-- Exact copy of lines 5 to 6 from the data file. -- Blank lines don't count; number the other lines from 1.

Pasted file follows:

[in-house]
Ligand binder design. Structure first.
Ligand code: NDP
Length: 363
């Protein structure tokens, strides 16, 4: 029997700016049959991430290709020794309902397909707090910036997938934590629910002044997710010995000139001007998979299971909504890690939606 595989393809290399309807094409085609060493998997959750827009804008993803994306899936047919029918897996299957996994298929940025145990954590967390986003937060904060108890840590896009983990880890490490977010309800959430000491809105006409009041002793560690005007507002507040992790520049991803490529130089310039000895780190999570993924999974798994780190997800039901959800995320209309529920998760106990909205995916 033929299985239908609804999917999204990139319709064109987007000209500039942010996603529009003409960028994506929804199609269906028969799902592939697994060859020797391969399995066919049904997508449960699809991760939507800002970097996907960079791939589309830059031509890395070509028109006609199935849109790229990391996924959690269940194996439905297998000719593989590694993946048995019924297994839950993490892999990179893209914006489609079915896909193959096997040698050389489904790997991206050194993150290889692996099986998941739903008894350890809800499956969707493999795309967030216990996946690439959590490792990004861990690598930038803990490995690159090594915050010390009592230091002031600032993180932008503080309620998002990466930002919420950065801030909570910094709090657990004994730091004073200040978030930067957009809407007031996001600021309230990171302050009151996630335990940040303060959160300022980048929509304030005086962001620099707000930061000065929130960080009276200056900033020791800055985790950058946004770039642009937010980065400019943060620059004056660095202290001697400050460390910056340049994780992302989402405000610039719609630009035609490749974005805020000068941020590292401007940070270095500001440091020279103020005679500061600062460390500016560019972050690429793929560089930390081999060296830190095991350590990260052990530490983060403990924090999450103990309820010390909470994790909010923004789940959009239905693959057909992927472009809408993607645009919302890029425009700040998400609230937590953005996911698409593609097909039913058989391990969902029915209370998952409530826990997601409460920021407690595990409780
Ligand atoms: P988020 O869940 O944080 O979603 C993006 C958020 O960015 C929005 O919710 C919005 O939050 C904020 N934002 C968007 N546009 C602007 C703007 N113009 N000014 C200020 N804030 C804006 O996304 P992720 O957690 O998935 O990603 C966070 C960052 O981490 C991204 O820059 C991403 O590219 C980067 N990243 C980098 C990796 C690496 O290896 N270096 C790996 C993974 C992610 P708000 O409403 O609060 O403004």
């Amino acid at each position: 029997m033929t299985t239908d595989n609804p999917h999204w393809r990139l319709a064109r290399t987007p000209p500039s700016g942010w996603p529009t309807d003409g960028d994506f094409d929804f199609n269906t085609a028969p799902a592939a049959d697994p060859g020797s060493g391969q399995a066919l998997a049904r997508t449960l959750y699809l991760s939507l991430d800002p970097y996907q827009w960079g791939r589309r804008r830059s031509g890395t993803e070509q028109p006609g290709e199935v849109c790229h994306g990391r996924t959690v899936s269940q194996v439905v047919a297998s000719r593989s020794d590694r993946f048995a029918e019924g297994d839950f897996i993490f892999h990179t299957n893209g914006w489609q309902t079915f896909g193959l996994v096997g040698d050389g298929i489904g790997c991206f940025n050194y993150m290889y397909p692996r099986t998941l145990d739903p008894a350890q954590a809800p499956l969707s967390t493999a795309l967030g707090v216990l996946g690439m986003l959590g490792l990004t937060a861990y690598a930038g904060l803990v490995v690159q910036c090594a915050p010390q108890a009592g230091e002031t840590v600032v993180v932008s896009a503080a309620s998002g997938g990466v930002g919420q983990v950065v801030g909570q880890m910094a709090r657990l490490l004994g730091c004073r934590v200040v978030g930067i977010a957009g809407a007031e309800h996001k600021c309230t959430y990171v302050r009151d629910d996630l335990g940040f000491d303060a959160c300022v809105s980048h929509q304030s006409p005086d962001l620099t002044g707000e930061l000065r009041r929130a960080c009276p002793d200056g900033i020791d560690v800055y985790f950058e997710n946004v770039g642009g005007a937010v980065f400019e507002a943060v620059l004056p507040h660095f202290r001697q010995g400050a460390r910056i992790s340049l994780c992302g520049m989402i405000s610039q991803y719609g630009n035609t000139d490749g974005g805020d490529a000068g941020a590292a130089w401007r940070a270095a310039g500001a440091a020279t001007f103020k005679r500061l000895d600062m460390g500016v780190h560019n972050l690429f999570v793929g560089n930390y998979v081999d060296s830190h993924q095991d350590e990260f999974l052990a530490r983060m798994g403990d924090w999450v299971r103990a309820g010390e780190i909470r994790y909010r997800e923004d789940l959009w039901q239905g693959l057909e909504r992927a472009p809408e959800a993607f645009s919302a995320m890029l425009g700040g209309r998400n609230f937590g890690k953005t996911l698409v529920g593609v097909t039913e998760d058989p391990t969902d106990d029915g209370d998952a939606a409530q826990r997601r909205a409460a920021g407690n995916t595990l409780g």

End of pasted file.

């Protein structure tokens, strides 16, 4: 029997700016049959991430290709020794309902397909707090910036997938934590629910002044997710010995000139001007998979299971909504890690939606 595989393809290399309807094409085609060493998997959750827009804008993803994306899936047919029918897996299957996994298929940025145990954590967390986003937060904060108890840590896009983990880890490490977010309800959430000491809105006409009041002793560690005007507002507040992790520049991803490529130089310039000895780190999570993924999974798994780190997800039901959800995320209309529920998760106990909205995916 033929299985239908609804999917999204990139319709064109987007000209500039942010996603529009003409960028994506929804199609269906028969799902592939697994060859020797391969399995066919049904997508449960699809991760939507800002970097996907960079791939589309830059031509890395070509028109006609199935849109790229990391996924959690269940194996439905297998000719593989590694993946048995019924297994839950993490892999990179893209914006489609079915896909193959096997040698050389489904790997991206050194993150290889692996099986998941739903008894350890809800499956969707493999795309967030216990996946690439959590490792990004861990690598930038803990490995690159090594915050010390009592230091002031600032993180932008503080309620998002990466930002919420950065801030909570910094709090657990004994730091004073200040978030930067957009809407007031996001600021309230990171302050009151996630335990940040303060959160300022980048929509304030005086962001620099707000930061000065929130960080009276200056900033020791800055985790950058946004770039642009937010980065400019943060620059004056660095202290001697400050460390910056340049994780992302989402405000610039719609630009035609490749974005805020000068941020590292401007940070270095500001440091020279103020005679500061600062460390500016560019972050690429793929560089930390081999060296830190095991350590990260052990530490983060403990924090999450103990309820010390909470994790909010923004789940959009239905693959057909992927472009809408993607645009919302890029425009700040998400609230937590953005996911698409593609097909039913058989391990969902029915209370998952409530826990997601409460920021407690595990409780
Ligand atoms: P988020 O869940 O944080 O979603 C993006 C958020 O960015 C929005 O919710 C919005 O939050 C904020 N934002 C968007 N546009 C602007 C703007 N113009 N000014 C200020 N804030 C804006 O996304 P992720 O957690 O998935 O990603 C966070 C960052 O981490 C991204 O820059 C991403 O590219 C980067 N990243 C980098 C990796 C690496 O290896 N270096 C790996 C993974 C992610 P708000 O409403 O609060 O403004």